Inorganic 2D Materials for Selective Separation Membranes

Lead Research Organisation: University of Manchester
Department Name: Materials


The proposed project aims to investigate the use of a variety of 2D materials for the formation of membranes that can function as selective and tuneable separators for a wide variety of molecular and ionic species. The potential applications of such membranes are vast and include; water filtration (e.g. sea water desalination and the removal of heavy metals, toxic organic contaminants, radioactive elements in environmental remediation), non-aqueous filtration (e.g. catalyst recovery, solvent recycling, ionic liquids etc.), and even energy generation (e.g. redox flow batteries and osmotic power). These membranes will be constructed from a wide library of predominantly inorganic materials; including transition metal dichalcogenides (e.g. MoS2, WS2, MoSe2, WSe2, etc.), hexagonal boron nitride (hBN), and layered metal oxides (e.g. V2O5, MoO3, WO3). Each of these 2D materials can be exfoliated from a bulk form down to a dispersion of individual or few layered thick flakes. These dispersions can then be used to create 'paper' like membranes consisting of stacked layers of the desired 2D material. As well as single component membranes the formation of composite membranes will be performed which consist of a plurality of various different layered 2D materials, allowing us to tune the desired filtration properties.
Current filtration technology requires the use of extremely energy inefficient membranes which require enormous amounts of energy to achieve the desired solvent flux combined with acceptable rejection of the unwanted species. In the case of water reverse osmosis for desalination or purification a polymer based membranes is typically used. To achieve the desired flux of filtered water very large applied pressures must be applied to force the water through while rejecting the dissolved ions (e.g. Na+, Cl-). This requires very large amounts of electricity and is highly inefficient. Due to the intrinsic properties of membranes consisting of 2D materials they can overcome this drawback and allow for vastly increased efficiency of water filtration, as well as simultaneously generating energy through the created chemical potential gradient. This is achieved through the formation of nanocapillaries of solvent molecules which are formed in between the neighbouring layers of 2D crystal. This allows for extremely efficient transport of solvent molecules but very high rejection of undesired hydrated ions which cannot fit into the capillary channels. The defining feature of 2D material based membranes in the spacing between the layers of exfoliated crystal as this determines what the size of allowed species is.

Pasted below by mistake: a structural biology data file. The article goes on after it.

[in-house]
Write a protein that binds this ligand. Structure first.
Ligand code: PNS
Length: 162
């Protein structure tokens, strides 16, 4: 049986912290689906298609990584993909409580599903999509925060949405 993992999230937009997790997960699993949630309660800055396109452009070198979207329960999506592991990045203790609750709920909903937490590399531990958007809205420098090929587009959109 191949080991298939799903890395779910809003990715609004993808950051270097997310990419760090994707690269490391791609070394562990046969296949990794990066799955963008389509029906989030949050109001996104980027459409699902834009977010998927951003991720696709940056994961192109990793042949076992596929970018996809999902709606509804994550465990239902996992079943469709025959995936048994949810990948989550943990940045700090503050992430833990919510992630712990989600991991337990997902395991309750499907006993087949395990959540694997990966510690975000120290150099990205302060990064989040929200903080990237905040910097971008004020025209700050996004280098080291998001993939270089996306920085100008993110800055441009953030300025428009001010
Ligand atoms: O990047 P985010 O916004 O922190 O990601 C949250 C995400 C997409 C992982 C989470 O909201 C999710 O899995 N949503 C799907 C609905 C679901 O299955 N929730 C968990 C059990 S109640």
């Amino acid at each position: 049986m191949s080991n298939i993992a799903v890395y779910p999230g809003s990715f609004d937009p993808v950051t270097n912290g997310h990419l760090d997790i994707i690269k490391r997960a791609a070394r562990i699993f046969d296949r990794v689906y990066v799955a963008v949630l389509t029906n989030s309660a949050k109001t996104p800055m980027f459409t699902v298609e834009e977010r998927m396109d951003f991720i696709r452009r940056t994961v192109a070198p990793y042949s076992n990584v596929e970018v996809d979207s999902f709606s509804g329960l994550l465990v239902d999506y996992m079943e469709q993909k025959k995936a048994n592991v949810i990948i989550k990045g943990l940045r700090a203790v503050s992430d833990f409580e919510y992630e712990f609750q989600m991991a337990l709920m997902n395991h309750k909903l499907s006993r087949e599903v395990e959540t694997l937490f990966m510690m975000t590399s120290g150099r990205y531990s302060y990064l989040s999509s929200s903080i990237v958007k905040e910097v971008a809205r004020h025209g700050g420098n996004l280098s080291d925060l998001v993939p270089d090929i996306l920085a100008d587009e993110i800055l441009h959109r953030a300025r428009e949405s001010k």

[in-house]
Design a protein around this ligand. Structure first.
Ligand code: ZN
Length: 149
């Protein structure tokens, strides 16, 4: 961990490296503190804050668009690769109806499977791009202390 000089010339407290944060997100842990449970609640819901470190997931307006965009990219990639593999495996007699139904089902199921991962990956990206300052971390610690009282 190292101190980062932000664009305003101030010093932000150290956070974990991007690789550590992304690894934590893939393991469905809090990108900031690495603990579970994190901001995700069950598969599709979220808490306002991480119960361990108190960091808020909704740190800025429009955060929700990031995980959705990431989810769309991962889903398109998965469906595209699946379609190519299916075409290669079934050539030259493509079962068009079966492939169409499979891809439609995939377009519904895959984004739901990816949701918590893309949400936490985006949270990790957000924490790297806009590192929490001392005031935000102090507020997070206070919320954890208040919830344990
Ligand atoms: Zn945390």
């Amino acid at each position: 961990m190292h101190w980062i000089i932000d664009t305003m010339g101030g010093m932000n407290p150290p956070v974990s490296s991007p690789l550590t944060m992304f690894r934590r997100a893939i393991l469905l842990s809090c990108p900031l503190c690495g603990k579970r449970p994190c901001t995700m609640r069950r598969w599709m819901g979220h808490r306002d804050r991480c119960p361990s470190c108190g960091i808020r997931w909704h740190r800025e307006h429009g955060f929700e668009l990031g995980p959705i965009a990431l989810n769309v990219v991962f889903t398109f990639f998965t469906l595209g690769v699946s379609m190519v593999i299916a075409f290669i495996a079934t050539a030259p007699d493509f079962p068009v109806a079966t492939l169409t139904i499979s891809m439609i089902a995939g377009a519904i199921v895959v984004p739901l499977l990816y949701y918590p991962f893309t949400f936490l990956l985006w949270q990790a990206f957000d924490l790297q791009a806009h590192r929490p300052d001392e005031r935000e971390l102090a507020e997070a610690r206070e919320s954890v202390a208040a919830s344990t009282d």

There is currently a great deal of interest in the use of graphene, and graphene oxide (GO), based materials for use as separation membranes, particularly for water filtration. This is fuelled by results which show that GO-based membranes exhibit extremely high water transport while rejecting larger molecular species making them ideal for possible filtration applications. However, despite the promise of these GO membranes there are several key issues which have so far prevented further progress. This includes issues with long term stability and mechanical strength when high pressures inherent to practical filtration are used. Surprisingly, the use of the vast number of similarly structured inorganic 2D materials remains barely touched with only a handful of existing studies that indicate that these other materials show immense promise with high solvent flux as well as excellent rejection properties. The use of composites of both a selection of inorganic 2D materials as well as graphene would allow them to complement one another to selectively remove desired species from a given solvent.


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Studentship Projects

Project Reference Relationship Related To Start End Student Name
EP/N509565/1 01/10/2016 30/09/2021
2181237 Studentship EP/N509565/1 07/09/2018 01/07/2022 Jonathan Aze
EP/R513131/1 01/10/2018 30/09/2023
2181237 Studentship EP/R513131/1 07/09/2018 01/07/2022 Jonathan Aze
Description Physical compaction of laminar membranes of 2D materials, using an applied external pressure of 1-20 bar, can alter the properites of these membranes as filters by improving the salt rejection, at the cost of reduced water flux. Theis compaction also improves the stability of the membranes.

The alignment of the individual flakes in these membranes can be observed using the analytical technique polarised raman spectroscopy.

Composite laminar membranes, made of a mixture of different types of 2D material (e.g. graphene and MoS2) show no synergistic effect and do not appear to show in improvment in water flux or salt rejection compared to single-component membranes made of either of the individual material in the composite membrane.
Exploitation Route Interest in 2D laminar membranes is already widespread, particualrly for desalination of seawater of brackish water, or for removing contaminaints in product or waste streams in industrial processes. The outcomes would help create improved membranes that perform better in these tasks.
Sectors Environment,Manufacturing, including Industrial Biotechology